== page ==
Learn How to Crochet a Basic Chevron Pattern

single crochet chevron pattern

Fact: chevron never goes out of style, especially in crochet. And while it may seem like an advanced technique, as long as you can single crochet and increase and decrease stitches, you can create eye-catching chevron colorwork. Here’s how to crochet a basic chevron pattern in your next project.

Chevron Crochet

Level: Intermediate

Abbreviations

  • ch – chain
  • sc – single crochet
  • sc3tog – crochet 3 stitches together

Instructions

Foundation Chain

crochet chain

Make a starting chain that’s a multiple of 12 + 2. In this example, we used a starting chain of 50, which is (12 x 4) + 2.

Good to Know: Chevron crochet consists of repeating V shapes. The number of multiples you start with is the same number of Vs you’ll make. For example, if you choose a multiple of (12 x 6) + 2, you’ll have 6 Vs.

The width of your project is based on your crochet hook and yarn choice, as well as your tension. When we made this swatch with 50 starting stitches, worsted weight yarn, and a size H crochet hook, it measured about 12″ in width.

Row 1

3 single crochet

2 sc in second chain from hook (this counts as the first 3 sc).

single crochet in 4 stitches

Sc in each of the next 4 stitches.

single crochet 3 together

Single crochet 3 stitches together (sc3tog).

Pro Tip: You’ll notice as you go that 3 sc stitches all worked into the same stitch form the peaks or “high points” of the V shapes. The sc3togs form the valleys or “low points” of the Vs.

sc3tog

If you’re new to single crochet decreasing, here’s how you make the sc3tog:

  • Insert hook into a stitch, yarn over and pull through.
  • Repeat in next two stitches.
  • Yarn over and pull through all 4 loops on the hook.
second ch 4 in chevron crochet

Sc in each of next 4 st.

The pattern above (3 sc, sc in each of next 4, sc3tog, sc in each of next 4) makes up the pattern repeat.

chevron crochet row 1

When you get to the last stitch, make an additional 3 sc in the final stitch.

Row 2

begin row 2 chevron crochet

Ch 1 to turn (count as first sc) and 2 sc in second sc (all together counts as first 3 sc).

row 2 chevron crochet 4 stitches

Sc in each of next 4 sc.

sc3tog row 2

Sc3tog, notice that you’re working the valleys of each V into the valleys of the V from the row before, and likewise with the peaks.

chevron crochet second row

Sc in each of next 4 sc.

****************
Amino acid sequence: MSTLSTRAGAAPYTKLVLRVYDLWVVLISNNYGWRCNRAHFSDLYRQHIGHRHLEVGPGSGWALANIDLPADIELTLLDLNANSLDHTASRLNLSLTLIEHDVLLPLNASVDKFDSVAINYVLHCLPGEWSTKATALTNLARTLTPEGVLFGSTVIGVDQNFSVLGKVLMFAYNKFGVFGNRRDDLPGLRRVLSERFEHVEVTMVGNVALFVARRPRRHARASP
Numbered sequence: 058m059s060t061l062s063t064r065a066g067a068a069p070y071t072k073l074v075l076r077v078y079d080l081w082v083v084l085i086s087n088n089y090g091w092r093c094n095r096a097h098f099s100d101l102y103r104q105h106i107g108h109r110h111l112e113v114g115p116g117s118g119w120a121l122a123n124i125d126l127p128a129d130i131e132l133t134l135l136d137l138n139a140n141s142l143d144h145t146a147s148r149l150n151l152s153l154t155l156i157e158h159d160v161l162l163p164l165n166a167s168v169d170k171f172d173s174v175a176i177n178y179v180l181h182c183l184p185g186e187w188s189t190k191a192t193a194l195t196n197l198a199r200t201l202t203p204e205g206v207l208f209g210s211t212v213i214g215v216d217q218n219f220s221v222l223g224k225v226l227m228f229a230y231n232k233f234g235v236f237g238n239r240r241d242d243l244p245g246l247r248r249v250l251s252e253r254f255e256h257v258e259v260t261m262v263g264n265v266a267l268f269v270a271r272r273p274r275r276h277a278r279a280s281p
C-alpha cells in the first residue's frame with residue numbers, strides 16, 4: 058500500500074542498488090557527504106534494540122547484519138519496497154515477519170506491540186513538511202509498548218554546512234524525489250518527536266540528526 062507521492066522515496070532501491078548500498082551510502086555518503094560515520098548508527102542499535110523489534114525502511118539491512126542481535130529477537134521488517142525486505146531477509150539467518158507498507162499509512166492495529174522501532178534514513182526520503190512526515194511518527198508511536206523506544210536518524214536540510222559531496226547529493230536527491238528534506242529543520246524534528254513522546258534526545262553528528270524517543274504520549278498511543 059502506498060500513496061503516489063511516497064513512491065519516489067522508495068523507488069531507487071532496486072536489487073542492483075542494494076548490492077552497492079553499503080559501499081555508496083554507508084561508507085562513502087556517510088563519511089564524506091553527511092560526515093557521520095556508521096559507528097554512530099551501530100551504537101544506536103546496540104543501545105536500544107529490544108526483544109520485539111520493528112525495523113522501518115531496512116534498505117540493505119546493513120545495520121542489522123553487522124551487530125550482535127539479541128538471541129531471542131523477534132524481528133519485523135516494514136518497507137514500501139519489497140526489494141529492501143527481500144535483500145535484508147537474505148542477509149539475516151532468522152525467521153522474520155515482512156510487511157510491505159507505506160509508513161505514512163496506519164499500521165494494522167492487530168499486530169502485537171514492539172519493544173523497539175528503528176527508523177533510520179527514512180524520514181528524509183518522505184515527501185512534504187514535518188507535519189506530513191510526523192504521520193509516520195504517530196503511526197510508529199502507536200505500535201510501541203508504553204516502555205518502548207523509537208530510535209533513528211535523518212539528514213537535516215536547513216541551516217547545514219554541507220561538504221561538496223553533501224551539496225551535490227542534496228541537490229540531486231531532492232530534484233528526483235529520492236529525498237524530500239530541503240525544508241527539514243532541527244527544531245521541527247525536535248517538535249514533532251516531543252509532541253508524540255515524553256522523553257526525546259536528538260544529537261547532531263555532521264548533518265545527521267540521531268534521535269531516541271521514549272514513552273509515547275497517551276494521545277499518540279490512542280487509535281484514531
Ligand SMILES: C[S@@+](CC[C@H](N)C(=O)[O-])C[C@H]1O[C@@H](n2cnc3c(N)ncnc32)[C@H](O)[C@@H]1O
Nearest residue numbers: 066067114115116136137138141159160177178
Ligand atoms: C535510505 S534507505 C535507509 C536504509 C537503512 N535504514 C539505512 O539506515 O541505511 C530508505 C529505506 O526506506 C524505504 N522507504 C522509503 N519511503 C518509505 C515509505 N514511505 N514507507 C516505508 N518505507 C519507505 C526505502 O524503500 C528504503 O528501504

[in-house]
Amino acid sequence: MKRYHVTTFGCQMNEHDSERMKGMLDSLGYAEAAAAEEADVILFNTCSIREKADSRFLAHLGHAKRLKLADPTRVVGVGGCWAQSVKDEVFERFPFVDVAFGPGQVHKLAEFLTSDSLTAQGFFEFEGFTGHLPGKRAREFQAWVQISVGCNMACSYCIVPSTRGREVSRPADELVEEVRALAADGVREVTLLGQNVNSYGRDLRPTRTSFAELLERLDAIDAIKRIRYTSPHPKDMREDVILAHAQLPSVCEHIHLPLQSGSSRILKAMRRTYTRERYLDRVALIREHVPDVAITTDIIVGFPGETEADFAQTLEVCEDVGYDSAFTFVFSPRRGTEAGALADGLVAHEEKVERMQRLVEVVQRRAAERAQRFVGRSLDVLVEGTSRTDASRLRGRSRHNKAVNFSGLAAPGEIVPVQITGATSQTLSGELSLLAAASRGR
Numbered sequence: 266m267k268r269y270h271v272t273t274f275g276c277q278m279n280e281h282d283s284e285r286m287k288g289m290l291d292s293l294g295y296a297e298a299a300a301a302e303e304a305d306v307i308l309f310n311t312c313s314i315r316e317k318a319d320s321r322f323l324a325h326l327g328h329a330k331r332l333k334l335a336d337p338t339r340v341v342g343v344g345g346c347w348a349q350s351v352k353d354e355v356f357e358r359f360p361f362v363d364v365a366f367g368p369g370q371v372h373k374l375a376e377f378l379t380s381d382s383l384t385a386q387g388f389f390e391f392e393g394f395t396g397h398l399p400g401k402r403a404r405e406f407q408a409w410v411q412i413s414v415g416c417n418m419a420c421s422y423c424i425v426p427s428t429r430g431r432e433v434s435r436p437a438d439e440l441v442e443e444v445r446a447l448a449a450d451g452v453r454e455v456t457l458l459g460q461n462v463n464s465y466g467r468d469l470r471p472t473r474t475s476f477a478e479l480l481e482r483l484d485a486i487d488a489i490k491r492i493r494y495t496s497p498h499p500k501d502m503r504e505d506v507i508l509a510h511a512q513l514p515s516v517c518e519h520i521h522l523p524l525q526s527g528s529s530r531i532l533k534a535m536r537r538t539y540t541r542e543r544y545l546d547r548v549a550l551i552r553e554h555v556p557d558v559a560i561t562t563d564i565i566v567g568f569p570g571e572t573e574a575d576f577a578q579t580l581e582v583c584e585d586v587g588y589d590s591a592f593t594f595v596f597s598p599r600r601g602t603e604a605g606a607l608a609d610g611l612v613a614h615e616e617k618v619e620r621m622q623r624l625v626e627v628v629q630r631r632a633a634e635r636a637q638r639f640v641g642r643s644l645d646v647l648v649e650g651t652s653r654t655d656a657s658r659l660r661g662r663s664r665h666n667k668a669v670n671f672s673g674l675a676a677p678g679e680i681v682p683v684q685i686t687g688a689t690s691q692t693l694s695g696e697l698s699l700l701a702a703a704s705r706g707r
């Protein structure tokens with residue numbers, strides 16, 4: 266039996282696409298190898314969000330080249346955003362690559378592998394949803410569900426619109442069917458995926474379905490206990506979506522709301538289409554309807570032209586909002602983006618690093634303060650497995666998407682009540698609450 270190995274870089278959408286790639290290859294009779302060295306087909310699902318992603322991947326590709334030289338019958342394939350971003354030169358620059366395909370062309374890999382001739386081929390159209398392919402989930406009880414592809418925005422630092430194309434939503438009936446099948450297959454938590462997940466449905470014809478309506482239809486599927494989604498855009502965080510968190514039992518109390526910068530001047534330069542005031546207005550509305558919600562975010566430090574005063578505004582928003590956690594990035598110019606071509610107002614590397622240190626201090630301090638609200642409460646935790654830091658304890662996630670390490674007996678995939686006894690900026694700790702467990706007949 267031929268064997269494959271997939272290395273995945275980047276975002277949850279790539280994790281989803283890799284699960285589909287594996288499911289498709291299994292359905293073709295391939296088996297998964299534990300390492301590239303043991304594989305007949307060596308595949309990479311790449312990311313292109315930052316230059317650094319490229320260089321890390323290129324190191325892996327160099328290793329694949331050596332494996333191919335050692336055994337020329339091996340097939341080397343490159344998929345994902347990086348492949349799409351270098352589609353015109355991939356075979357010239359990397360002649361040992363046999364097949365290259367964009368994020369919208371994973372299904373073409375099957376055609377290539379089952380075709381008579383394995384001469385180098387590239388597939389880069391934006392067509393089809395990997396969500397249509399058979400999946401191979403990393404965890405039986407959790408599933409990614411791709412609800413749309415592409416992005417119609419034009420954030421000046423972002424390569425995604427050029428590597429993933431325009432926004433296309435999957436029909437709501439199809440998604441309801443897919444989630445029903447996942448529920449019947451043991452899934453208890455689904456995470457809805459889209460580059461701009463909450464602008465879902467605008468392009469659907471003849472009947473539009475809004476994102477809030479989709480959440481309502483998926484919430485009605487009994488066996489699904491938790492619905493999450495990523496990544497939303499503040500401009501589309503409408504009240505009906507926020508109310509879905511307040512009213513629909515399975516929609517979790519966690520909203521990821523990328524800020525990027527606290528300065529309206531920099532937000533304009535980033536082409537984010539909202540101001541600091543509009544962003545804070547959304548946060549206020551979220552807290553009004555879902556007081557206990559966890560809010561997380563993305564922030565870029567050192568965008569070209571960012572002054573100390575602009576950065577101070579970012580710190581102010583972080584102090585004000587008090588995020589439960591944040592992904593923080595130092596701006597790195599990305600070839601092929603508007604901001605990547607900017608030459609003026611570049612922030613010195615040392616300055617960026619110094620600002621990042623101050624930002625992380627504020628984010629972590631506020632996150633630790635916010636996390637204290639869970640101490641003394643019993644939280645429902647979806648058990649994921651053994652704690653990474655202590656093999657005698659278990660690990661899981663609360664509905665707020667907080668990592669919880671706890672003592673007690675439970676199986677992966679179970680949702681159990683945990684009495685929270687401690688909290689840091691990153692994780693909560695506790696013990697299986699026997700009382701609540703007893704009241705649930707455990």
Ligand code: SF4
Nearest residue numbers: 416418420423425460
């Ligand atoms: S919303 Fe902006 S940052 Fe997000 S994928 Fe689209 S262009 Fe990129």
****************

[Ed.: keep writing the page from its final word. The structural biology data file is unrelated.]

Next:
Repeat pattern across the row (3 sc, sc in each of next 4, sc3tog, sc in each of next 4).

When you get to the last stitch, make an additional 3 sc in the final stitch.

Additional Rows

change color chevron crochet

All subsequent rows are created by repeating Row 2. Simple!

Changing Colors

chevron crochet using sc

The chevron crochet design is even sharper with color changes. When you want to change hues, fasten off at the end of a row. Turn and join the new color in the first stitch. Ch 1 in the new color and then 2 sc in second sc and continue with row 2 instructions.

Play around with changing colors every row, every few rows, or sporadically to see the different effects that you can create using this basic single crochet ripple pattern.

Now that you know how to make a single crochet chevron, try your hand at a chevron scarf, shawl or blanket!

Discussion
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5 Responses to “Learn How to Crochet a Basic Chevron Pattern”
  1. Stephanie Satterfield
    Stephanie Satterfield

    Doing the math, after reading her comment about however many multiples you do is how many “V’s” you’ll end up (very helpful tip btw and thank you for putting it that way, it made it a lot easier figuring out this math) This is what it came out too: so I read somewhere else that you do multiples of 17 plus add15 to your starting chain
    Now be advised…**I haven’t tried this yet** but I have started my chain and made my chain 221+15=236. I am going to have 13 “V’s” which I figured out (thanks to Kathryn) by taking the 221 and dividing it by 17, it came out to be 13. So I decided to try 12×13=156 and to double check my work I took the 156 and divided it by 12 and it came out to be 13 also. Keep in mind that the math for both of these was done without including the plus “2” or the plus “15” I’m a self taught hooker *{HAHA}* or should I just say I’m still a newish crocheter and never done any type of Chevron pattern, I’ve done lots of hats and other odds and ends things, but as far as big projects go I’ve actually only made one poncho and one blanket, both of which were made with the granny square stitch! LoL So I’m not really sure exactly how all that works, as far as the extra stitches added to your starting chain goes. But reading the comments and seeing some people were having issues with the number count, I figured I should probably share the newest info I learned, in hopes that just maybe it might help someone else having this same problem!! And if it doesn’t work out for you..well then I apologize for I wasting your time and remember I did advise you I was still a newbie myself lol but if anyone tried it and it works I’d love to hear about it! I plan on using this pattern but only with the multiples of 17 plus 15 and I’m going to do it in the backloops only!! Wish me luck and I’ll let you know how it turns out six months from now or next year or whenever I get it done!! LoL 🤷🏻‍♀️🤦🏻‍♀️🤣😆
    Best of luck,
    🖤SåS💋
    🧶Happy Hooking Y’all!! 🧶

    Reply
  2. Julie Gooch
    Julie Gooch

    Can you please tell the best way to delete stitches when you finish your blanket.

    Reply
    • Mama Whoop
      Mama Whoop

      Instead of deleting stitches at end, as it seemed this pattern was a little off by my math (?), I added 7 to my beginning chain…. Well, trying it now! My last blanket was a half V short.

      Reply